Myanmar's four-month military crackdown on Rohingya Muslims killed hundreds of people, the UN said Friday in a report detailing horrific abuses allegedly committed against civilians in Rakhine state.
"The 'area clearance operations' have likely resulted in several hundred deaths," said the report from the United Nations human rights office, referring to the military crackdown launched on October 10.
The report based on interviews with 204 Rohingya refugees who have fled to Bangladesh said it was "very likely" that crimes against humanity had been committed in Myanmar, echoing similar accusations made by UN officials.
Victims recounted gruesome violations allegedly perpetrated by members of Myanmar's security services or civilian fighters working alongside the military and police.
"An eight-month-old baby was reportedly killed while his mother was gang-raped by five security officers," the rights office said in a press release, citing witness accounts.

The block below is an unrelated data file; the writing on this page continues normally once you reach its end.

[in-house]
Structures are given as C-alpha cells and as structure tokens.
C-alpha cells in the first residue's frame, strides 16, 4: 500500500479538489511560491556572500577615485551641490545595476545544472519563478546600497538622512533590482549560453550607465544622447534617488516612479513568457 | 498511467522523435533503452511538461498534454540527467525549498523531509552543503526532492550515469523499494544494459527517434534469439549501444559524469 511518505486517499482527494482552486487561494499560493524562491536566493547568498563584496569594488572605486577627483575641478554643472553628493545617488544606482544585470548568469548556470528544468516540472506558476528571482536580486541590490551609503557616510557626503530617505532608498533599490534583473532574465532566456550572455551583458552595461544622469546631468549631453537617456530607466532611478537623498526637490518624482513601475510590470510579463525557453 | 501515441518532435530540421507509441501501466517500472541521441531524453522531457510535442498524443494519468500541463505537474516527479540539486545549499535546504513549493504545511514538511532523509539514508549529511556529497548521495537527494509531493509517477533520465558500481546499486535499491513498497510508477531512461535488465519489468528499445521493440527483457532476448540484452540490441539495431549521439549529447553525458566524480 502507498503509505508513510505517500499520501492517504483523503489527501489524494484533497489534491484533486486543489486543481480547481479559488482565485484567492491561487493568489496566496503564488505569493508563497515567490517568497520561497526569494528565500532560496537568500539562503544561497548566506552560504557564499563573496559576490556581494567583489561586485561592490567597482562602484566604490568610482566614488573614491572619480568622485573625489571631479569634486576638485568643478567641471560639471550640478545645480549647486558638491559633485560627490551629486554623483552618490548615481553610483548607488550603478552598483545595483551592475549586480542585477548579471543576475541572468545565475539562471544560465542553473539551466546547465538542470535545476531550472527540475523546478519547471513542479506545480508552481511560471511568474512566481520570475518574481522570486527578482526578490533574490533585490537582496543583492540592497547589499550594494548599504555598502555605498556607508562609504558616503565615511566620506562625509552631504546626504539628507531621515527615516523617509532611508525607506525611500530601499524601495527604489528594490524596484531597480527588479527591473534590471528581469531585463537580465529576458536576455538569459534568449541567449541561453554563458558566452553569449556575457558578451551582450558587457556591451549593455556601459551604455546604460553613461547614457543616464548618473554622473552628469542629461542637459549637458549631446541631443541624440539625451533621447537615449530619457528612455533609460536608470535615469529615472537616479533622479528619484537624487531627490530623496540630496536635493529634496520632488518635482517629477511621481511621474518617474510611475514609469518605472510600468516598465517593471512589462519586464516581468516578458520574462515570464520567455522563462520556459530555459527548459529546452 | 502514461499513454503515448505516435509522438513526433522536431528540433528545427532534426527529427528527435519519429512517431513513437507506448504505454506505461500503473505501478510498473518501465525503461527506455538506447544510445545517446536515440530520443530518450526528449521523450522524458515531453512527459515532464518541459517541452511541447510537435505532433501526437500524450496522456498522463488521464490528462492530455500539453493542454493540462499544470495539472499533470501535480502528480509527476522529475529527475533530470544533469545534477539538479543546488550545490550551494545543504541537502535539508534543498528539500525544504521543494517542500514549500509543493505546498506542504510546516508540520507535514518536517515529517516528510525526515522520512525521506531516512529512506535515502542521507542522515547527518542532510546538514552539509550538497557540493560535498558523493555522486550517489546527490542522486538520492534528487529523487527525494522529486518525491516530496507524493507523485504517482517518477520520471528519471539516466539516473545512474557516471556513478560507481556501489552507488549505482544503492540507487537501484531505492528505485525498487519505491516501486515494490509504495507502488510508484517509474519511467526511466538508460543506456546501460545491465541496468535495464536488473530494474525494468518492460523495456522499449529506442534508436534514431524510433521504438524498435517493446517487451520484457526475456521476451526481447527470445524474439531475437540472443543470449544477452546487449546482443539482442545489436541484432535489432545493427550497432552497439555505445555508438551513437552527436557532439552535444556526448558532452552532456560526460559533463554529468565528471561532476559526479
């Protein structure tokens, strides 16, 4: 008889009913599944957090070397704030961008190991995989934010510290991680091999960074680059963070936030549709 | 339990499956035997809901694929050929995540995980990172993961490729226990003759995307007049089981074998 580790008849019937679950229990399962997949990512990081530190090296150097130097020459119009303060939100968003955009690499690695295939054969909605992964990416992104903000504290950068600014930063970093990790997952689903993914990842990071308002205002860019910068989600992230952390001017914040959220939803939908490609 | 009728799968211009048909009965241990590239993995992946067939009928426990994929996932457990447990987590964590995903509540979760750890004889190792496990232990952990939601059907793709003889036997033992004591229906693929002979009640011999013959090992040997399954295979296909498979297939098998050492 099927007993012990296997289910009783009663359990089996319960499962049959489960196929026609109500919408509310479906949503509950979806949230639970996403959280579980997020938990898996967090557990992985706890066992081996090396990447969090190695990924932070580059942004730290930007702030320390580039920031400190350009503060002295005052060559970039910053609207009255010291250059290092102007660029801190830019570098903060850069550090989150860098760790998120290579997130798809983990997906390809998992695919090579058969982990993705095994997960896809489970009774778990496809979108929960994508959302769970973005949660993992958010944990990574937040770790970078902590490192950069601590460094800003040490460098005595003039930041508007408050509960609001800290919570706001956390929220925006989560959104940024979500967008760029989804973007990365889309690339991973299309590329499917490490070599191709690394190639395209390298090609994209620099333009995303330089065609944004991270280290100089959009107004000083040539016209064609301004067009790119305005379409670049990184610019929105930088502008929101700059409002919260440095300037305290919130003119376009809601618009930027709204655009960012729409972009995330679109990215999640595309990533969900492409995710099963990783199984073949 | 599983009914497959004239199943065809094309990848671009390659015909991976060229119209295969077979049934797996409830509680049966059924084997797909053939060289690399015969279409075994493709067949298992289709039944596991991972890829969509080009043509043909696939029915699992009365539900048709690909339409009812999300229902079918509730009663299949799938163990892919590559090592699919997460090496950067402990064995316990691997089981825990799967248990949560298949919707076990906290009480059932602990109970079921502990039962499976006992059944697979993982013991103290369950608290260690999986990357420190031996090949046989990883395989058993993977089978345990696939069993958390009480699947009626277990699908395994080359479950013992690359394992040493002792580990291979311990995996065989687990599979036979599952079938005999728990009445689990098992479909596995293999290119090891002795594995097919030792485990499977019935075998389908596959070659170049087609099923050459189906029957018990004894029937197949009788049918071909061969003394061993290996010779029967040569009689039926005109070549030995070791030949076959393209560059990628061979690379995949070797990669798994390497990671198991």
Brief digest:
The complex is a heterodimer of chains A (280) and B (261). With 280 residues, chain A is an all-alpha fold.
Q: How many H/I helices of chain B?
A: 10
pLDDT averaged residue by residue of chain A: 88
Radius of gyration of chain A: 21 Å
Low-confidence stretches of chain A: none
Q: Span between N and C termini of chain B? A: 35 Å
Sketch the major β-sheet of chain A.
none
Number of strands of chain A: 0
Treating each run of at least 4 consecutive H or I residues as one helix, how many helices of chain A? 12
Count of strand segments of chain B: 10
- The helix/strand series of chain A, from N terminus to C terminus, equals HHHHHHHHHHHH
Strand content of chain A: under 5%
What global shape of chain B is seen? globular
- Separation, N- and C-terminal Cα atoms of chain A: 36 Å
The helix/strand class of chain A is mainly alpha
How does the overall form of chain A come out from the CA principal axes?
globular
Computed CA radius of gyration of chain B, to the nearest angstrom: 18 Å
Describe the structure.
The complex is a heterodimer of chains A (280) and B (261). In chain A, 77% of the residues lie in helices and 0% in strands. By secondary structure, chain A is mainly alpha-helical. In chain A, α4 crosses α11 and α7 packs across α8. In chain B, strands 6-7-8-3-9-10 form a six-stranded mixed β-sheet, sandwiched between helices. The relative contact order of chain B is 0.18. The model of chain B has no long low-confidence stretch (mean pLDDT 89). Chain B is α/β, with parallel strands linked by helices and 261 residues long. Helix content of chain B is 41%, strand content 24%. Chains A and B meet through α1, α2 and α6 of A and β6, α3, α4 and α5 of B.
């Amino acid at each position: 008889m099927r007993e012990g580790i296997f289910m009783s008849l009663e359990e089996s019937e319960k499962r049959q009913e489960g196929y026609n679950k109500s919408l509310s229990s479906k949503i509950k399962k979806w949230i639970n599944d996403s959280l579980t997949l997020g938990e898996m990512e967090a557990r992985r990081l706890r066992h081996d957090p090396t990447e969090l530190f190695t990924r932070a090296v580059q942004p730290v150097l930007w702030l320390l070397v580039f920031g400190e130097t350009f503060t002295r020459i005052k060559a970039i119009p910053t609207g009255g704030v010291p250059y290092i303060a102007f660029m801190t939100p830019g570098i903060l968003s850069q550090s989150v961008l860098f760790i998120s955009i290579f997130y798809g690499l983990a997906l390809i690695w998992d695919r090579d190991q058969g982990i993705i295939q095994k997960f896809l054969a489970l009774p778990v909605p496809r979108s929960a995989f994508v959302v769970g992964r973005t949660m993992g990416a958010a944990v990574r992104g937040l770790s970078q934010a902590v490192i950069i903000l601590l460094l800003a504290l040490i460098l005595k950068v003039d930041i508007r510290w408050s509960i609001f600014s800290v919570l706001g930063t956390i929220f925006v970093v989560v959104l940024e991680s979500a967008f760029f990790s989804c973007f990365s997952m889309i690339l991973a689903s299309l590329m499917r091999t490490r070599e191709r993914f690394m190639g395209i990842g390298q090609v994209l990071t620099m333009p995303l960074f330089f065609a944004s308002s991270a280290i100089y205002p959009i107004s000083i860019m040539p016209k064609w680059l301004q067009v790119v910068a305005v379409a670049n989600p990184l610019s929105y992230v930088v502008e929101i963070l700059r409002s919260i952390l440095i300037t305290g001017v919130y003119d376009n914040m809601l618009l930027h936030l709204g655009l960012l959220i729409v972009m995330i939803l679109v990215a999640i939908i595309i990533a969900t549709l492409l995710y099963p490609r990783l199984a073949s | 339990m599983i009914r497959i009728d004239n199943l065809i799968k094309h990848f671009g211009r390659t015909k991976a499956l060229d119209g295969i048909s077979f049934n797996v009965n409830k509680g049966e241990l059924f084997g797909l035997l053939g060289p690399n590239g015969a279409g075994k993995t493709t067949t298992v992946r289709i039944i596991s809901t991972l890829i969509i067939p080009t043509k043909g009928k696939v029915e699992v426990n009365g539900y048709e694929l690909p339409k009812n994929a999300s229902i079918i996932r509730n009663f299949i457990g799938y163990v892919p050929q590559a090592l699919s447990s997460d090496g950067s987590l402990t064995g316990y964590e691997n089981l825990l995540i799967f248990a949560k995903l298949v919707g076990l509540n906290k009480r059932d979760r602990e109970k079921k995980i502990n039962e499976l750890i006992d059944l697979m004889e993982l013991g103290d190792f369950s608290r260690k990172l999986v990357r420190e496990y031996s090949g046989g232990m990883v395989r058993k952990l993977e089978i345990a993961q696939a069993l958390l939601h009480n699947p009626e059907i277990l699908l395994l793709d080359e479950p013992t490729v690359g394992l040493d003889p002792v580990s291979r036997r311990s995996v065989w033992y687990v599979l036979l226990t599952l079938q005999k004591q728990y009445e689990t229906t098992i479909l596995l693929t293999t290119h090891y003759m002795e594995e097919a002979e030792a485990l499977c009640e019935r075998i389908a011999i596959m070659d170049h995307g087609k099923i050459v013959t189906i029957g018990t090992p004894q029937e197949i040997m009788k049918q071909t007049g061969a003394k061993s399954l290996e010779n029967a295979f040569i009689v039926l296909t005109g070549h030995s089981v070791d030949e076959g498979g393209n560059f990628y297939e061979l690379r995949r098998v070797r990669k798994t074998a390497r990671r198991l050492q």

The UN also said it had reports of three children aged six or younger being "slaughtered with knives".
"What kind of hatred could make a man stab a baby crying out for his mother's milk," UN rights chief Zeid bin Ra'ad Zeid al-Hussein said in the statement.
"What kind of 'clearance operation' is this? What national security goals could possibly be served by this?" he added.
A full 47 percent of those interviewed by the UN said they had a family member who had been killed in the operation, while 43 percent reported being raped.
The Rohingya are loathed by many among Myanmar's Buddhist majority.
The military crackdown in Rakhine, home to more than one million Rohingya, was triggered by a series of October 9 attacks on border guard posts.
Source: News Agencies, Edited by website team